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Improvement, not more carries, will be the way forward for the Falcons ground game

Dirk Koetter’s going to try, however successfully, to get it going.

Atlanta Falcons v Pittsburgh Steelers Photo by Justin K. Aller/Getty Images

The Atlanta Falcons have made it crystal clear that they want to run the ball more effectively in 2019. Running more is not necessarily welcome, given that the NFL’s best offenses tend to not grind it out on the ground, but running well would be a huge plus for this football team.

It would be fair to say that a lack of improvement from 2018 would be grounds for Dirk Koetter to be launched into the sun, given that Devonta Freeman missed almost all of the year, the Falcons were shaky at best on the ground, and the offensive line was only an asset for the team very early and very late in the year. But it’s still interesting to consider what a healthy Freeman, Ito Smith and Brian Hill might do with some new talent up front and Koetter calling plays, and D.J. Shockley with was only too happy to consider just that.

It’s a brief breakdown, but it’s worth watching to illustrate how Koetter managed to achieve some degree of success for the ground game despite working with exactly two healthy, effective running backs in Jacquizz Rodgers and Antone Smith, both of whom were backups to aging starters Michael Turner and Steven Jackson. The personnel ought to be better for Koetter this time around—again, pending effective changes to the offensive line—and the Falcons aren’t abandoning their zone blocking at all.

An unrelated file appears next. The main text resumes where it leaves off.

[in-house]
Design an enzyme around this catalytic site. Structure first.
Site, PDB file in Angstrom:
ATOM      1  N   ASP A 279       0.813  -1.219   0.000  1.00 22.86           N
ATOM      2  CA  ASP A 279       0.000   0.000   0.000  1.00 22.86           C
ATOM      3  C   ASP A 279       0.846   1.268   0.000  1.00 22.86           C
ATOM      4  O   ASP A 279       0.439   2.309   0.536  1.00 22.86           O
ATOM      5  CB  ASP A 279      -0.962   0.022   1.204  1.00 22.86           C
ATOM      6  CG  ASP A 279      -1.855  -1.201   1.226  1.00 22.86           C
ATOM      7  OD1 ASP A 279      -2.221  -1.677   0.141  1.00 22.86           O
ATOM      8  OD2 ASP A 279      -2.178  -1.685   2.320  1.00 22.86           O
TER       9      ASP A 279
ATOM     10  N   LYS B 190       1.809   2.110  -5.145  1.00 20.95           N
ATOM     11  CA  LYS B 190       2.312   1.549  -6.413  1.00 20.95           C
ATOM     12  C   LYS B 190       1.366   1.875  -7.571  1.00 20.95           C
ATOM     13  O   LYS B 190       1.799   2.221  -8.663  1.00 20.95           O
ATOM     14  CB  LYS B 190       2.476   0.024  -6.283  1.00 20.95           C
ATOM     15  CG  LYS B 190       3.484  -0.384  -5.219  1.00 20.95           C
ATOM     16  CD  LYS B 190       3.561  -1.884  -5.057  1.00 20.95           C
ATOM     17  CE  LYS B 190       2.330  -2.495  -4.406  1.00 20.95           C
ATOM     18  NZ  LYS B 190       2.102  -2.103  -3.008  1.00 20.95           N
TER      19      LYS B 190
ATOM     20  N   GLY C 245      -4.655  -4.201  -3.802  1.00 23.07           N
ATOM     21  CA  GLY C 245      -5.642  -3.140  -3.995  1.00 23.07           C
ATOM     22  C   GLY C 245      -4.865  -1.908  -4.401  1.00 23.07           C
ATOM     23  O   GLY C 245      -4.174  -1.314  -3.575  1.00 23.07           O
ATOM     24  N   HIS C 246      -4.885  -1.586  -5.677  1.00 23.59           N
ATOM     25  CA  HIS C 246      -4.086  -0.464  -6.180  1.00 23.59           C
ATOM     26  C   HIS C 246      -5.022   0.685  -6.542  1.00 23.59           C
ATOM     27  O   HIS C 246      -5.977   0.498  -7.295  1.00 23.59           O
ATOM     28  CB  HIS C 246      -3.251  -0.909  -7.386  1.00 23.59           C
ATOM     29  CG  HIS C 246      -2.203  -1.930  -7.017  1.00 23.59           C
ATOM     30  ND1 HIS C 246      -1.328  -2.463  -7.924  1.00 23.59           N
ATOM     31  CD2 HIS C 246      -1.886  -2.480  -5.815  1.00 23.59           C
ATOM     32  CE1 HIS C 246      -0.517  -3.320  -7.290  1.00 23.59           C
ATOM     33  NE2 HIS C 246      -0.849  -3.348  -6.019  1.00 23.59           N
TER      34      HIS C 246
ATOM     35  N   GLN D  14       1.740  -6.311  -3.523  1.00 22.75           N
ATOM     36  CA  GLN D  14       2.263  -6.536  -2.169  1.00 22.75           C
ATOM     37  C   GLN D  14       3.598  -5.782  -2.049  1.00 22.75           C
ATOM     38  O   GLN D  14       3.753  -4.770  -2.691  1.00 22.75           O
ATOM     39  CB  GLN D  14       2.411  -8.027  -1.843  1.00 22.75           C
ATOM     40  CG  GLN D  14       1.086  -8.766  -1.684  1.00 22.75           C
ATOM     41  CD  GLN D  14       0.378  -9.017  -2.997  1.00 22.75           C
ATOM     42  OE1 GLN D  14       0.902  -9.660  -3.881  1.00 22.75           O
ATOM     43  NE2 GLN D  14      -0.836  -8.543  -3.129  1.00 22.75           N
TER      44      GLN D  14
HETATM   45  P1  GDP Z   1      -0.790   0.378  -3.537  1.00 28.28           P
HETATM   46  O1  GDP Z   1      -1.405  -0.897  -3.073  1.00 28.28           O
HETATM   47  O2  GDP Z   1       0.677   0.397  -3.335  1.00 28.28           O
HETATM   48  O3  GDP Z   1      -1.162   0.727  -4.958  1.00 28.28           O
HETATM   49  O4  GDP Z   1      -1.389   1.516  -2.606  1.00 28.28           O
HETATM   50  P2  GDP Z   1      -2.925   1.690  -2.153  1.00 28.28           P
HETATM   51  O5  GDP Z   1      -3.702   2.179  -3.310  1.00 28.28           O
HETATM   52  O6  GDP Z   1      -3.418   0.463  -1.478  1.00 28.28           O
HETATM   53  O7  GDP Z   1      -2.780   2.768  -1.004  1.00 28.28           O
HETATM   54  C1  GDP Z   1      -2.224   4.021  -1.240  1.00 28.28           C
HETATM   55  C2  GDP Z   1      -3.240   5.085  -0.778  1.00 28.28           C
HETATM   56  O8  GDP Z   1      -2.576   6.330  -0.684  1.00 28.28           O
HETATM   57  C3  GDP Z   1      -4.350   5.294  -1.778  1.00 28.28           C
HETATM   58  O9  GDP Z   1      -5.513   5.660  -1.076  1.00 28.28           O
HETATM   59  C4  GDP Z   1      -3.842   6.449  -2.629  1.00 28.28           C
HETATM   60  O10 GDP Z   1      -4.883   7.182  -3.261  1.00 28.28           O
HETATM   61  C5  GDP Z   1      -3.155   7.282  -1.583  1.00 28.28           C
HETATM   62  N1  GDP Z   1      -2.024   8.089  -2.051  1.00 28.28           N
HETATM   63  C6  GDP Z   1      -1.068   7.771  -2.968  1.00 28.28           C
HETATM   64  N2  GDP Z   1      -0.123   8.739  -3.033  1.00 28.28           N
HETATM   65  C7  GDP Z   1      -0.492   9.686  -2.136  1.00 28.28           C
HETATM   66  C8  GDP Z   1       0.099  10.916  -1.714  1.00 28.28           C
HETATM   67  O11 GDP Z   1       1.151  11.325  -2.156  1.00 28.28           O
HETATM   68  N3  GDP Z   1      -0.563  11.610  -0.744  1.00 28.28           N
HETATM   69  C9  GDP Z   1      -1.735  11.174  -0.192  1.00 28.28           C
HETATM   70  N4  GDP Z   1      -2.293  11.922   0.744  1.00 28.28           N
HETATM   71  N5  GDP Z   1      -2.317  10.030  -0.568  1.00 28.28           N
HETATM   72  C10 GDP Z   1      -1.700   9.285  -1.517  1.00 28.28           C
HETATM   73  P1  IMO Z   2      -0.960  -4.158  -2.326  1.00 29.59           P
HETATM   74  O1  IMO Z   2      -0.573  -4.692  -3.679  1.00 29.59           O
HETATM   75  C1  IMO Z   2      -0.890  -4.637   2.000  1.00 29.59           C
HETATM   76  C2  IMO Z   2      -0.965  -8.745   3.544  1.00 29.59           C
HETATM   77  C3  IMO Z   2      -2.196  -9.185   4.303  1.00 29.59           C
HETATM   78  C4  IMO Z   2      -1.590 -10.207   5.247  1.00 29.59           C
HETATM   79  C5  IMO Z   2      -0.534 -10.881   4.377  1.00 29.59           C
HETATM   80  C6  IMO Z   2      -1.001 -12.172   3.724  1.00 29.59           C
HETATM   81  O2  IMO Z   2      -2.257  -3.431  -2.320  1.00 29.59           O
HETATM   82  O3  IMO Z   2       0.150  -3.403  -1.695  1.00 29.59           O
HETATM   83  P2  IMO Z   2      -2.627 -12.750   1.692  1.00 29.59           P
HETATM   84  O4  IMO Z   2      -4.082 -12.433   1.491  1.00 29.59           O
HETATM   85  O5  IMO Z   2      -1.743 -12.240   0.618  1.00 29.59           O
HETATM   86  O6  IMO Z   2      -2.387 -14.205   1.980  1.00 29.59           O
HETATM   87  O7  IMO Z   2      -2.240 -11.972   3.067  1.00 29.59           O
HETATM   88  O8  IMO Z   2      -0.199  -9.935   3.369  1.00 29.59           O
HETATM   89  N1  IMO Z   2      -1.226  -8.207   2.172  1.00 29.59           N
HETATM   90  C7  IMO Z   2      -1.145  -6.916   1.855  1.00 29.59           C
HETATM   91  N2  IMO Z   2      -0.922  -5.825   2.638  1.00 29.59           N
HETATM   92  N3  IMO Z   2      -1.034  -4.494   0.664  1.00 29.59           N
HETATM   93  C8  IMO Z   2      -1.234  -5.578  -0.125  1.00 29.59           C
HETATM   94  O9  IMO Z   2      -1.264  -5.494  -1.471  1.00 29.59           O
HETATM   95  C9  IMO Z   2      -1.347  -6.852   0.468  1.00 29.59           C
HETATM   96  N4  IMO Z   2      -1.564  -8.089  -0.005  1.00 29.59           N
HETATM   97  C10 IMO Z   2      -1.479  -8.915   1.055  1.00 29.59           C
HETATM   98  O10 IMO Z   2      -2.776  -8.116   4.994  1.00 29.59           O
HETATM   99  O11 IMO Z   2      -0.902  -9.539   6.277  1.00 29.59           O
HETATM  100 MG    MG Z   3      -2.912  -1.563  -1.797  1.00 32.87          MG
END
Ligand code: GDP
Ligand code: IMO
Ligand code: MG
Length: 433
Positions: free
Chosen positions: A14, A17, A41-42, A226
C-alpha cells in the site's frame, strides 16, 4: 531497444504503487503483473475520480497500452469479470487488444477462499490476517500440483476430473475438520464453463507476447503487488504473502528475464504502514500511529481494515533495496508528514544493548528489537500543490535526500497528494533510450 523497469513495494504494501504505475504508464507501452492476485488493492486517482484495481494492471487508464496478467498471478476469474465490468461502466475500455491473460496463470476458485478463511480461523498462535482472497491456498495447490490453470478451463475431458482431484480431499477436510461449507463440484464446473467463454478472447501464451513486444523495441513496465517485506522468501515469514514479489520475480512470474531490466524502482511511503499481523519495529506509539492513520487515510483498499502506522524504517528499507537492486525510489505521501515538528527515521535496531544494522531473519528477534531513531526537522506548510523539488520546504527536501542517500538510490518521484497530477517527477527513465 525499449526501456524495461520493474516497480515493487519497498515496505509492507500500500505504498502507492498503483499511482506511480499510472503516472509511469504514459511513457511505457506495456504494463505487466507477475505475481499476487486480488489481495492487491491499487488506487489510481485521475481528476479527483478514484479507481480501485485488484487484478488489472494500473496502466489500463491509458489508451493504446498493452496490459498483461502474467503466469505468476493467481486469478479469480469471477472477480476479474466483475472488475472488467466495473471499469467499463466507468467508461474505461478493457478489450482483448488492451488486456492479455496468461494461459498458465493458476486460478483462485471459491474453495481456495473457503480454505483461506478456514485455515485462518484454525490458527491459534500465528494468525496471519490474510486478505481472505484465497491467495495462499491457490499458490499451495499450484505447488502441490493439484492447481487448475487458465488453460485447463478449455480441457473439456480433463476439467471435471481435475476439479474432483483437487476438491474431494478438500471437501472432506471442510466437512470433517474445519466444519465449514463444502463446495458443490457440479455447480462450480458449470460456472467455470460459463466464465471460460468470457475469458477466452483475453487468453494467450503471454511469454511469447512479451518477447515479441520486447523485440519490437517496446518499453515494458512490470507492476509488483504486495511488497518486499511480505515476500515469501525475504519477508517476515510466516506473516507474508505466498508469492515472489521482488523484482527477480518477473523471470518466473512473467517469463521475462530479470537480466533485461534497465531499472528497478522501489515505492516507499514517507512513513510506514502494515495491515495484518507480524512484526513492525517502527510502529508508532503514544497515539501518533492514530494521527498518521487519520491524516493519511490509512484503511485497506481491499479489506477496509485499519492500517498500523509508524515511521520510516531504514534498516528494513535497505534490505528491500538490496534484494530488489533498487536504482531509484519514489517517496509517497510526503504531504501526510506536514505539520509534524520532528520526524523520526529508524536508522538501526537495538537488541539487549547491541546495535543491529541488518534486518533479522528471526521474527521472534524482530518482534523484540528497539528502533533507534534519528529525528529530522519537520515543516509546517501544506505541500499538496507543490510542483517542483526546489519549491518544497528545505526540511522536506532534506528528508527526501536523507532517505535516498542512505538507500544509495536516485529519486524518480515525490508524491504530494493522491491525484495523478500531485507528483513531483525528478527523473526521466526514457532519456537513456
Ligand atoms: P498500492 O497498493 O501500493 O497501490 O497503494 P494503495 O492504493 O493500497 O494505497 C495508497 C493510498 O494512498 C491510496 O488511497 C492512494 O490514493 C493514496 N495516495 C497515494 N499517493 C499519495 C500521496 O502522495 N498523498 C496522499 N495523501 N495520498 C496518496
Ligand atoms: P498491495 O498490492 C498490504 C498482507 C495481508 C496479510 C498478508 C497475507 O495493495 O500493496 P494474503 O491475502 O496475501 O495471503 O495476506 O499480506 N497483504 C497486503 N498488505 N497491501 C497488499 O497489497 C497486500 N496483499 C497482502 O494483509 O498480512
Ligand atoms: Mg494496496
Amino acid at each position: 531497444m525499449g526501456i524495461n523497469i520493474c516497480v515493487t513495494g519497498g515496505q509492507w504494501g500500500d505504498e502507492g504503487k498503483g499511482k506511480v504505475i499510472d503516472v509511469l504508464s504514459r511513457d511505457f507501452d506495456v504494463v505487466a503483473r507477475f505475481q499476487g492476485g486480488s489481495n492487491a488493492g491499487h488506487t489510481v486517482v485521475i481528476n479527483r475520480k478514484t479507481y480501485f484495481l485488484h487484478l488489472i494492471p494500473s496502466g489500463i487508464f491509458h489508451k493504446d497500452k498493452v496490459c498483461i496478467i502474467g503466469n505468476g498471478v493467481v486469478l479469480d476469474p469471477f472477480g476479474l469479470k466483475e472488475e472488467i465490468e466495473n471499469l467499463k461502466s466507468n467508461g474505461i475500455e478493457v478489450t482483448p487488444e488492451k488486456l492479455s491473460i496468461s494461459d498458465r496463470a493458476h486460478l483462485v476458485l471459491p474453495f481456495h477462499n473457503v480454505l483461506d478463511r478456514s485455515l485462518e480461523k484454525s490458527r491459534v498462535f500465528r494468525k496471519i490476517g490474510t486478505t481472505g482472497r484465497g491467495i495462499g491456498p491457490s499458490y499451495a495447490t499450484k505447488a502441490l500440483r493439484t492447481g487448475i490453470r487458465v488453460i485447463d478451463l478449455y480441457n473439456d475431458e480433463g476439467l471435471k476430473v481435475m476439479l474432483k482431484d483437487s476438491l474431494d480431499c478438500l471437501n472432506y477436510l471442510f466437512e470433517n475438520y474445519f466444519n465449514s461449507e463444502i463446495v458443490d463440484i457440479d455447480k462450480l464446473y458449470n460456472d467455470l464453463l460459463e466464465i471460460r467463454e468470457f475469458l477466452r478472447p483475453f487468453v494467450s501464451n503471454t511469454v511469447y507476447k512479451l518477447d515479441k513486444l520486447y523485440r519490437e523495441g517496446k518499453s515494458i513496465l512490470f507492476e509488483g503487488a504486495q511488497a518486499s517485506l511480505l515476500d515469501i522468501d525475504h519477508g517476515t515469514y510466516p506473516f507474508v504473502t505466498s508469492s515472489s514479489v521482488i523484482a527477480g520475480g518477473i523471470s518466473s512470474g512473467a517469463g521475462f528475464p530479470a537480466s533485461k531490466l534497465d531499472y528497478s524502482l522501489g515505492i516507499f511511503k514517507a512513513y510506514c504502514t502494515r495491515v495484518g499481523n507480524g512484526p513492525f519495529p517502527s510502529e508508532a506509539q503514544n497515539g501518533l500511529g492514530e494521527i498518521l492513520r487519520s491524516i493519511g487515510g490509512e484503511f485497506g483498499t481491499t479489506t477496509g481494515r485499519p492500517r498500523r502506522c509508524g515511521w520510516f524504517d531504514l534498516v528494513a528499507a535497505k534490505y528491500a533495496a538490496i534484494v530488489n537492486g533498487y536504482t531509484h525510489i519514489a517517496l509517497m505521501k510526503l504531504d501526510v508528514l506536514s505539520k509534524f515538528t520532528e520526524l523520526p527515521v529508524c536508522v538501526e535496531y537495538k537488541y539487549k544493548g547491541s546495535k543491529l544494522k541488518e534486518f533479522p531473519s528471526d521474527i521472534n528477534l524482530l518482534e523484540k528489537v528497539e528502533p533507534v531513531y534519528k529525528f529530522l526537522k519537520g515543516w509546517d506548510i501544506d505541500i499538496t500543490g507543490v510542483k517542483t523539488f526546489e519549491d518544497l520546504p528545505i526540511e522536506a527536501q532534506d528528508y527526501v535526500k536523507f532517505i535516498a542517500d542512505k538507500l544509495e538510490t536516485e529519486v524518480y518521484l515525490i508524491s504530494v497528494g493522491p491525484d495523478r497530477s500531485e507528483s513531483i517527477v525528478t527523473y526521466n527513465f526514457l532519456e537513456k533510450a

There’s many arguments to be made for simply choosing better times to run and trying to get the Falcons’ backs a seam rather than running them into the teeth of the defense, especially with the increasing talent and effectiveness of defensive tackles seemingly leaguewide. The Falcons barely ran on first downs, ran too often on second down and long, and were the 30th overall team in percentage of run plays, period. The fact that they were still a top ten offense tells you plenty about how important the run game really is, but the Falcons also saw far too many drives die on the vine because of awful success on the ground. It appears to be one of the major reasons Steve Sarkisian is out of the door, coming in closely behind that brutal five game stretch and, you know, the losing.

There’s a long way to go before we even know for certain that Freeman will be healthy, much less what wrinkles Koetter might be planning to add, but I do think Koetter’s reputation as an offensive coordinator who can’t or won’t prioritize the run is overblown. I just hope the Falcons don’t overdo their attempt to balance things out, given the ongoing effectiveness of their passing game.